Francis Bacon: Portrait of Isabel Rawsthorne Standing in a Street in Soho, 1967. Staatliche Museen zu Berlin, Nationalgalerie. 1967 acquis par la ville de Berlin. © The Estate of Francis Bacon/2018, ProLitteris, Zurich. Photo: © bpk / Nationalgalerie, Staatliche Museen zu Berlin / Jo?rg P. Anders. Lying Figure, 1969. Alberto Giacometti: Boule suspendue, 1930. Kunstmuseum Basel, Depositum de la Fondation Alberto Giacometti © Succession Alberto Giacometti / 2018, ProLitteris, Zurich Photo: © Kunsthaus Zu?rich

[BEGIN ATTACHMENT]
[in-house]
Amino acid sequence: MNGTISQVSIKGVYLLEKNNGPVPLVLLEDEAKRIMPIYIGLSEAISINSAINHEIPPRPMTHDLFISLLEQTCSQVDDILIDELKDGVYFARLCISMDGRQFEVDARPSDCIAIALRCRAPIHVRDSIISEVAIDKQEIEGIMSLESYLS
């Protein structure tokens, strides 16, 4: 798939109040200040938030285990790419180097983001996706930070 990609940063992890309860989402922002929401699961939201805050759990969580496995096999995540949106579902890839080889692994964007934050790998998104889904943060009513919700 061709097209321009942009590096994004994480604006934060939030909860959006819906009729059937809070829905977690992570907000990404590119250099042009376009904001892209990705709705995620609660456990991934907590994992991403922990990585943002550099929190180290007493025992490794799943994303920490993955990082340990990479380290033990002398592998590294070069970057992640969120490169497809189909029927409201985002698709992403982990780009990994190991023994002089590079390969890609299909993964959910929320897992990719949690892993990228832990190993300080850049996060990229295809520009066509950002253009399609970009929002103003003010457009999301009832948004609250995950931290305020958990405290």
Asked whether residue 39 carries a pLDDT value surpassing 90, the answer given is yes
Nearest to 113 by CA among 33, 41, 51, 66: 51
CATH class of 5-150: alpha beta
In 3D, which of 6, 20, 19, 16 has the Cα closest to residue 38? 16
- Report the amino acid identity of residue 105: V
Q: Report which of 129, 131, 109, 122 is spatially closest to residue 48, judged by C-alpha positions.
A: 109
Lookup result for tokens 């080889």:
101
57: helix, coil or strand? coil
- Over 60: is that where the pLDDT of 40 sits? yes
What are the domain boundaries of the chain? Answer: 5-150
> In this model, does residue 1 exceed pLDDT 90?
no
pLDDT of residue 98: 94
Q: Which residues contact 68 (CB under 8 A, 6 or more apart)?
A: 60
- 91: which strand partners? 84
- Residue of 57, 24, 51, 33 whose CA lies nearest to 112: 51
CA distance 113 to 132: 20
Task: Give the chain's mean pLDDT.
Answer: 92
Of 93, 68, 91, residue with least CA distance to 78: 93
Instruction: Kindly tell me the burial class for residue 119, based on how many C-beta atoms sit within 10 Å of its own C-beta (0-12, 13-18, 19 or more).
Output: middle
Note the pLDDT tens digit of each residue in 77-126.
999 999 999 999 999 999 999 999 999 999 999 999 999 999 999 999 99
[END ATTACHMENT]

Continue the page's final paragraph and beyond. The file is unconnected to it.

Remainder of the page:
Late at night, emerging from the cavernous studio on 46 rue Hippolyte-Maindron, a lonesome figure would inhabit the streets of postwar Paris. In this famously chaotic space, consumed by inner doubts and obsessions, Alberto Giacometti worked relentlessly, with feverish urge to forge a new human; walking away from the rubble of destruction. In London, on the other side of Channel, the younger artist Francis Bacon admired Giacometti from afar, fascinated by the famous sculptor’s aura of intensity and compulsion. In the following years the two went to develop a personal relationship punctuated by both friendship and rivalry. The artist Isabel Rawsthorne was one such connection, a close friend, muse and model to both artists, whose stark portraits feature on several works on display. Special focus, at this exhibition at Fondation Beyeler, is given to investigating their distinct isolation of space; subjects enclosed by means of cage-like entities, foregrounded in key works such as Giacometti’s La Cage (1949-1950) and Bacon’s Study of a Nude (1952). Like Giacometti, Bacon’s arrival to the ‘truth of his subject’ was rooted in failure and frequent moments of crisis; the artistic act an outcome of frenzied and conflicting struggle between artist and his creation. Beyond their obvious differences in terms of style and iconography, both absorbed so much of l’air du temps through which they lived, rendered in the immediacy and emotional charge of their work. Encompassing circa 100 works and numerous original plaster figures from Giacometti that have never been seen before, the exhibition seeks to untangle the complex layers of their relationship. Formulated across four main thematic sections, it reveals new strands of thought connecting the two masters of modern art.